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North Korea remakes popular South Korean snacks

North Korea is producing South Korean-style food items after Pyongyang banned South Korean snack distribution at the Kaesong Industrial Complex.

By
Elizabeth Shim
Human rights activists in South Korea prepared to send South Korean Choco Pies in 2014. The snack has been banned in North Korea. File photo by Yonhap
Human rights activists in South Korea prepared to send South Korean Choco Pies in 2014. The snack has been banned in North Korea. File photo by Yonhap

SEOUL, June 8 (UPI) -- A popular South Korean snack has received a North Korean makeover.

Choco Pie, the individually wrapped cakes with a marshmallow filling once distributed to North Korean workers at the Kaesong Industrial Complex as bonuses, has been replaced by the North Korea-made "Steamed Rice Cake Ball," South Korean newspaper JoongAng Daily reported Monday.

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A South Korea business contact based in Kaesong said South Korean businesses had given North Korean factory workers Choco Pies and other South Korean items as bonuses between 2006 and 2012, South Korean media outlet No Cut News reported.

Choco Pies quickly gained currency in North Korea outside Kaesong, making their way into North Korea's burgeoning black markets. The supply of Choco Pies reached as high as 800,000 daily, according to the South Korean business source.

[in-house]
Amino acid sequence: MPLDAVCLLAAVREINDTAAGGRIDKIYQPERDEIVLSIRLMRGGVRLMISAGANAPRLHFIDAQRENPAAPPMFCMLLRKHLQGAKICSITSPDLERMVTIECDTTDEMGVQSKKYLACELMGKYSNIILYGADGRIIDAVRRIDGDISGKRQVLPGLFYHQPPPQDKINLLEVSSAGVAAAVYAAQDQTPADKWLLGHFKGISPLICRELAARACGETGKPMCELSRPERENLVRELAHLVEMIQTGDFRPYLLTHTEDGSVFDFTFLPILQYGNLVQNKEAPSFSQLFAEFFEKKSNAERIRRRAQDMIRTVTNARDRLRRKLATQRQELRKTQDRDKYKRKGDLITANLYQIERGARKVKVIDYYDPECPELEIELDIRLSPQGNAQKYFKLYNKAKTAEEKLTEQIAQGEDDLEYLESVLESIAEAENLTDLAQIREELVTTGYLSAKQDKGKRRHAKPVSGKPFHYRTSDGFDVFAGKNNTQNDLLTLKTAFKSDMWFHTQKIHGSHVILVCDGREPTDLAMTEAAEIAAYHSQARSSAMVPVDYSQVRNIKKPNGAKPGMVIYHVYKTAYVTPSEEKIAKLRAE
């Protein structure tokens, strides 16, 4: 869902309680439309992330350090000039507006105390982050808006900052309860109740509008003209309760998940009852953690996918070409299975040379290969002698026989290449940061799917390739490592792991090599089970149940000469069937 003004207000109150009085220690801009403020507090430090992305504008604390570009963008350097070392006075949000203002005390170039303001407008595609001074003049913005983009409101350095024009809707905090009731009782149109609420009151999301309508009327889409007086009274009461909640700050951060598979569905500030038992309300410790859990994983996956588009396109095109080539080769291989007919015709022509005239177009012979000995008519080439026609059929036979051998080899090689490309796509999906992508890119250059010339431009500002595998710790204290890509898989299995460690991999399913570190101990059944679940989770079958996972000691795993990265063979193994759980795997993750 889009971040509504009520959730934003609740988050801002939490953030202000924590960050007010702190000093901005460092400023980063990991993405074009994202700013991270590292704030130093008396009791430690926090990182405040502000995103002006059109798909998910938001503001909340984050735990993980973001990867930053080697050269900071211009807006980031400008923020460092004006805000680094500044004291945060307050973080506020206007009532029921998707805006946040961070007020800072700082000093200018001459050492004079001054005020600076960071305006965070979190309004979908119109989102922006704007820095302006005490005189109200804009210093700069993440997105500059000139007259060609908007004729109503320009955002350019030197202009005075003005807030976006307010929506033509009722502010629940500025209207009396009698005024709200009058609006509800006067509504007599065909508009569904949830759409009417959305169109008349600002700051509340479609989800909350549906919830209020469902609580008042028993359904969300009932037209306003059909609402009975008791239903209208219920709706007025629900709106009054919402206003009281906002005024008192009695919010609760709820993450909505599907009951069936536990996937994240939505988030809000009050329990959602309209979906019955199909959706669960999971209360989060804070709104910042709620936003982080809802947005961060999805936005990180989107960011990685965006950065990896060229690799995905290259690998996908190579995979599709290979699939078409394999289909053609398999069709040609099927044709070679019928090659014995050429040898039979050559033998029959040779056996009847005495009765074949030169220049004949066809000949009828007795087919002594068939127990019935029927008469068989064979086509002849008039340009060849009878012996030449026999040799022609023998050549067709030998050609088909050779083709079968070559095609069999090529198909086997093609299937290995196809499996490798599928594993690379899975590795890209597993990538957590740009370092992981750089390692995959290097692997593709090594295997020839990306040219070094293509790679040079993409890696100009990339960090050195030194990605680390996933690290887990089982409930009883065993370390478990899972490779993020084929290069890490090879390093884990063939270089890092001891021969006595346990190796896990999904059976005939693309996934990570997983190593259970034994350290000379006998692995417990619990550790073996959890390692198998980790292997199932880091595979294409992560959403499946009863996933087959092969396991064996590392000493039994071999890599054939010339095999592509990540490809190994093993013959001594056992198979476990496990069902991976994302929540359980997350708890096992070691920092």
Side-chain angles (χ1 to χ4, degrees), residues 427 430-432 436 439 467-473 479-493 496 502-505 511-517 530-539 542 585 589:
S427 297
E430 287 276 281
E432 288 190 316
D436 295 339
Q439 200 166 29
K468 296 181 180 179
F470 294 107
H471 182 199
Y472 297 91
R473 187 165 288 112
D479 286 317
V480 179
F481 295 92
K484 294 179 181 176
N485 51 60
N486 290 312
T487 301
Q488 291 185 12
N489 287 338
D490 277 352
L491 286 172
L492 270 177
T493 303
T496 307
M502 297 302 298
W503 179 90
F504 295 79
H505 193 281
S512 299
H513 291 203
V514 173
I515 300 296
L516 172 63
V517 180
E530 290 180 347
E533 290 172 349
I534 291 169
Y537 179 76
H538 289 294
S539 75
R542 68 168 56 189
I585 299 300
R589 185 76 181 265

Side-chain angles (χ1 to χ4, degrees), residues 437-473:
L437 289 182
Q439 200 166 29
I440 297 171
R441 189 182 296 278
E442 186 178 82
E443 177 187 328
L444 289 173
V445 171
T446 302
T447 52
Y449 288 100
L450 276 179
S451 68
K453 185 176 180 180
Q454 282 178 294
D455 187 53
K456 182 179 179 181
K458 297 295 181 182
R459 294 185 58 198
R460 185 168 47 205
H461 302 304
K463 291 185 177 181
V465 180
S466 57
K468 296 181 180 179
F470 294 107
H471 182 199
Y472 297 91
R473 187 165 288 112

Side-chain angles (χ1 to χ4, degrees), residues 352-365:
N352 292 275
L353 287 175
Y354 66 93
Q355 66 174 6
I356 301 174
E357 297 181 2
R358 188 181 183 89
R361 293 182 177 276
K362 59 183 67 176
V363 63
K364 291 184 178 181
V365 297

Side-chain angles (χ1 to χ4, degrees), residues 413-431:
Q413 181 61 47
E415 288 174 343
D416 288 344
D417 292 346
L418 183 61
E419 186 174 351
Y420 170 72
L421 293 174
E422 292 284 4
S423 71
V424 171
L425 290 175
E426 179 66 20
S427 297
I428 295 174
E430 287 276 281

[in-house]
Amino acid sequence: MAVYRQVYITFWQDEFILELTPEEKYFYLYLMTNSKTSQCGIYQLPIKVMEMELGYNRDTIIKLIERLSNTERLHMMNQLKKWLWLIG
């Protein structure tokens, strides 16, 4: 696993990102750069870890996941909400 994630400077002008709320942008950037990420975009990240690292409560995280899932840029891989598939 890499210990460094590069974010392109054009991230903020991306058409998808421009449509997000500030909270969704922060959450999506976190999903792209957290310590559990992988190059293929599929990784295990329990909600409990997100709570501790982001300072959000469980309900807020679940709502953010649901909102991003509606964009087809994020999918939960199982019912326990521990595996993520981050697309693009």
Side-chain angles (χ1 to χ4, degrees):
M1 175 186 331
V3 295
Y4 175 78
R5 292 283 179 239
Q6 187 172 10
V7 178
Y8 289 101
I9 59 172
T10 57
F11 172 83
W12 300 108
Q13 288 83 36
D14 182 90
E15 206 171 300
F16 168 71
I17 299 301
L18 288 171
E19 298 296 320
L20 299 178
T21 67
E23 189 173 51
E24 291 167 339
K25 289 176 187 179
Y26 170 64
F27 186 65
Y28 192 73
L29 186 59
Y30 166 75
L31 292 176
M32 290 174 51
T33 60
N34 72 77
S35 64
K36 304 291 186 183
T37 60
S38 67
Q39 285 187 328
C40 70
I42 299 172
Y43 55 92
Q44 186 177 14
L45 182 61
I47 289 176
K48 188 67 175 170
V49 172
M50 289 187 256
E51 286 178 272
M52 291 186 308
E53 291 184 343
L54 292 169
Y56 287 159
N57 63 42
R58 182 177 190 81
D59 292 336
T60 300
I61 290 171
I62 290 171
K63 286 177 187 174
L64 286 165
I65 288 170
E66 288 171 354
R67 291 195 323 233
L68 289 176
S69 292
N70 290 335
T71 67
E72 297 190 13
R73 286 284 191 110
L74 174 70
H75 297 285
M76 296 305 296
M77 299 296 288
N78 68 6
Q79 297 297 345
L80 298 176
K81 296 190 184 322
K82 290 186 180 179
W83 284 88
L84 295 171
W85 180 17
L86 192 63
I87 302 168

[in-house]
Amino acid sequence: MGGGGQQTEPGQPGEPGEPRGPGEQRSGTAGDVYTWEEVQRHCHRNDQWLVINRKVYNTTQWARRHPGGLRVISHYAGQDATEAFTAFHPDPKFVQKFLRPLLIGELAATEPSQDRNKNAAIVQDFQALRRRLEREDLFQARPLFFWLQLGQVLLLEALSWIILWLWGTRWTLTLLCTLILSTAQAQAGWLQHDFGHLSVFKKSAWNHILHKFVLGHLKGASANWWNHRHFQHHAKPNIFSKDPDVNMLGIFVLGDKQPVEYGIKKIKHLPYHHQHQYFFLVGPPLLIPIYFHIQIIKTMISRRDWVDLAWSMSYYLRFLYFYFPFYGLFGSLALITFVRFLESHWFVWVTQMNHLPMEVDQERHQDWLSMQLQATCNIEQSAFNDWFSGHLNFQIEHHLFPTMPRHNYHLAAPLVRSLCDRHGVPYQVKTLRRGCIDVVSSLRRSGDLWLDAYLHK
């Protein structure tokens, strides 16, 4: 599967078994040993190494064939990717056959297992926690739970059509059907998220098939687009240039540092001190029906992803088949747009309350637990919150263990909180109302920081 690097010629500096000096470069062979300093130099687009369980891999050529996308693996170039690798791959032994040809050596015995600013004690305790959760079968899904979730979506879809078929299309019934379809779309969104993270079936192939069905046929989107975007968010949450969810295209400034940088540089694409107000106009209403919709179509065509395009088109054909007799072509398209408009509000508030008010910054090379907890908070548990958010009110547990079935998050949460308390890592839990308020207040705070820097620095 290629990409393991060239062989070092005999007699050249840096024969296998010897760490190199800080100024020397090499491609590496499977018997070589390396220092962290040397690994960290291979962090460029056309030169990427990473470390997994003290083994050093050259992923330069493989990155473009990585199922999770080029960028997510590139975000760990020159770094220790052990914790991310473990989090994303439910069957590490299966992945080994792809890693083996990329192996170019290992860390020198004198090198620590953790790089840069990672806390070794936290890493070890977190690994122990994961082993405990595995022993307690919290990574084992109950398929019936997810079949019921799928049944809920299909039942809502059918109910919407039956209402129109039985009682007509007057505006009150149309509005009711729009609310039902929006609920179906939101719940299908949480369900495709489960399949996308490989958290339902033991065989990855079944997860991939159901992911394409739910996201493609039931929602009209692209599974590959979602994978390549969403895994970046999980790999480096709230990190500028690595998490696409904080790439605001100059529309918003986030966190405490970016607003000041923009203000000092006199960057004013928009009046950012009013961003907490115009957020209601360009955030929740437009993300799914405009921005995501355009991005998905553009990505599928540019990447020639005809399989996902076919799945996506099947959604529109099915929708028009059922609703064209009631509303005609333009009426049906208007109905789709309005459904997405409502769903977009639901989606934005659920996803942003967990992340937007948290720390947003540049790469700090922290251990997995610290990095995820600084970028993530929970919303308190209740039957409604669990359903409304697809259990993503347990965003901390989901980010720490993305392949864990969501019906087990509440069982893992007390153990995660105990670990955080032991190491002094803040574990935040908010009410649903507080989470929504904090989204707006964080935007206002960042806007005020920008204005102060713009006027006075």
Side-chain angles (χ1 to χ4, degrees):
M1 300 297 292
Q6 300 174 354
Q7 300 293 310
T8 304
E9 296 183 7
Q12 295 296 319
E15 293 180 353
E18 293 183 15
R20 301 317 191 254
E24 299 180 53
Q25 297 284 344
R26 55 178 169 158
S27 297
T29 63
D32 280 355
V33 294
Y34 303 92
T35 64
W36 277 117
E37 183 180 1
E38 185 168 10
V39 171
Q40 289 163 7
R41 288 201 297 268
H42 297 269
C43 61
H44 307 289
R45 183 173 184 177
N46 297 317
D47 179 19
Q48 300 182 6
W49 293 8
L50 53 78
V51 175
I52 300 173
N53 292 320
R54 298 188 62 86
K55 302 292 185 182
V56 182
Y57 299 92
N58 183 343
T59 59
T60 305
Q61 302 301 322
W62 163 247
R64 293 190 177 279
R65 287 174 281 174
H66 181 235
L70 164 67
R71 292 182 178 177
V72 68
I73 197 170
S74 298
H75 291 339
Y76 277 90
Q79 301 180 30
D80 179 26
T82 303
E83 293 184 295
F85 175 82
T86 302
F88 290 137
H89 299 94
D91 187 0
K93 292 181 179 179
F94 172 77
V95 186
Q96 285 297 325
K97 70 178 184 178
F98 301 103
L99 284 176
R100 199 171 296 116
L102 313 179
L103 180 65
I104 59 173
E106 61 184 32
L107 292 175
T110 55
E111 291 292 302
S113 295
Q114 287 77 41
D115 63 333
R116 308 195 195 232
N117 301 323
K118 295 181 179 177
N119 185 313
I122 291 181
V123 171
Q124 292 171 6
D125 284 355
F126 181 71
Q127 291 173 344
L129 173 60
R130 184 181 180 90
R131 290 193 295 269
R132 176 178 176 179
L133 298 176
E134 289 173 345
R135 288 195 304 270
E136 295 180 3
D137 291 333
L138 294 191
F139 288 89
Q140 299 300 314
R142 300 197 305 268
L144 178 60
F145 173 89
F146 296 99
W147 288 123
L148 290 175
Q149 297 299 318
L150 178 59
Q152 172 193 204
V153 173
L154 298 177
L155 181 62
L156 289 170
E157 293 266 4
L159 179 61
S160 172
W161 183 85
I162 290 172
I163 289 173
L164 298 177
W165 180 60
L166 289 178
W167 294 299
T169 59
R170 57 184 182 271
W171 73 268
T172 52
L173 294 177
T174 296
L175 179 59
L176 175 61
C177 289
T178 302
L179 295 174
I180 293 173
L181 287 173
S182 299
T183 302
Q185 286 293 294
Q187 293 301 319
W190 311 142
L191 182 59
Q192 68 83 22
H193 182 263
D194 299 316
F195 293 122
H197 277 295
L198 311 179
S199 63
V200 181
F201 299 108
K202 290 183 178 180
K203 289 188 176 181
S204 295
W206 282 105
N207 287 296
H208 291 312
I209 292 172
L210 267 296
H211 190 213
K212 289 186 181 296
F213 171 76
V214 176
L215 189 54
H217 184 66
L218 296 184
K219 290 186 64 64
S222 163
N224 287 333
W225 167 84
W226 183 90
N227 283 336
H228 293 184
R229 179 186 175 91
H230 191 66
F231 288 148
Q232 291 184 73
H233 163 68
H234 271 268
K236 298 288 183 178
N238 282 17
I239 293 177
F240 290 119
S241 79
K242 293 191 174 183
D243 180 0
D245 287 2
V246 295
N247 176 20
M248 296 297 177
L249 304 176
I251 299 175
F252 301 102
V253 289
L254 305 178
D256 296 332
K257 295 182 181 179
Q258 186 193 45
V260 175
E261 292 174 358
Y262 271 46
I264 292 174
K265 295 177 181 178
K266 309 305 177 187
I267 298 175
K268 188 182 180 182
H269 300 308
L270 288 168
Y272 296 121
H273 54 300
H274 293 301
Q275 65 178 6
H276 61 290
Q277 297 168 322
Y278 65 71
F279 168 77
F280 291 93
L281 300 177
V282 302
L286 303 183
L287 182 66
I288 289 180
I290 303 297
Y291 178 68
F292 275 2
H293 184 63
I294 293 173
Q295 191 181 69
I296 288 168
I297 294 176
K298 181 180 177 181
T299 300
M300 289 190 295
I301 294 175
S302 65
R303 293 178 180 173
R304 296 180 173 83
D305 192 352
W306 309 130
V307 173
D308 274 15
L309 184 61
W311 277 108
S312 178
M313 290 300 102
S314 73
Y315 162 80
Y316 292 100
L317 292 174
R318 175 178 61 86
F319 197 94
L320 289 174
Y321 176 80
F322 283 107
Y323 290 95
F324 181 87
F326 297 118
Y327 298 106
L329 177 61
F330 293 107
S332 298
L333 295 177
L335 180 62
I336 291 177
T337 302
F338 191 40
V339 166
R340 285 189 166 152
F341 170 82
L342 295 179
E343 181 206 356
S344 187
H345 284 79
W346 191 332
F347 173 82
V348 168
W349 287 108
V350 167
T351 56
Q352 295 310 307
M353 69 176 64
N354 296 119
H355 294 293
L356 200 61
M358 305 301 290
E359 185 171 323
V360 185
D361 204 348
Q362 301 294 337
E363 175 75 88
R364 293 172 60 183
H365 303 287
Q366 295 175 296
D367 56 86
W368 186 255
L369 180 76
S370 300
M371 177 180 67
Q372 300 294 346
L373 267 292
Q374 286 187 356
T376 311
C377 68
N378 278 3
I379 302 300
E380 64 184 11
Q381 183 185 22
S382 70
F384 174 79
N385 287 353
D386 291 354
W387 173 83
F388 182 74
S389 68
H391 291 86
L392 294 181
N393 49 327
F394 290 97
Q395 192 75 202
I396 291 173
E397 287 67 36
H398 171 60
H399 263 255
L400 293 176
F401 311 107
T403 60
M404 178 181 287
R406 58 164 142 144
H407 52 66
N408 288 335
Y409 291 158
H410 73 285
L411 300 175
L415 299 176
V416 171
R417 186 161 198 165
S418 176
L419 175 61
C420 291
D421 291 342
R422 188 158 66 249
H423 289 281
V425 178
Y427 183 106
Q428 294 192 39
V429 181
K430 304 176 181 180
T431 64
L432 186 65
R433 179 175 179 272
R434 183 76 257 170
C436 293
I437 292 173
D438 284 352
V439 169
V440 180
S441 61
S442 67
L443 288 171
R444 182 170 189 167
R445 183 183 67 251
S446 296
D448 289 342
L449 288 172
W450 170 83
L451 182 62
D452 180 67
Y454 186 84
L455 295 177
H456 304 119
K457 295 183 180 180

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In response, North Korea banned Choco Pie distribution at Kaesong in 2012 and in 2014 Pyongyang requested popular South Korean food items be rebranded as North Korean.

North Korea has been rebranding South Korean and Japanese food items since March, according to a South Korean operator in Kaesong. At a South Korean press conference, the South Korean management committee for Kaesong said North Korea has begun producing near-identical items, including chicken-flavored instant noodles, vegetable oil and a seasoning called "Ajinoriki" that resembled a product from Japan's Ajinomoto Corporation.

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South Korea previously used food items to give North Korean workers bonuses, as a way around the restrictive measures in the Kaesong factory complex. The most prized items included South Korean instant ramen, cookies and cooking oils, and their presence in North Korean markets compelled Pyongyang's crackdown on South Korean foodstuffs.

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A Kaesong-based South Korean businessman said the North Korean products are priced higher than the South Korean originals.

North and South Korea are currently locked in a wage dispute for workers at Kaesong. North Korea has demanded a 5 percent wage increase, but Seoul has refused to agree to the wage hike unless the North agrees to a dialogue.

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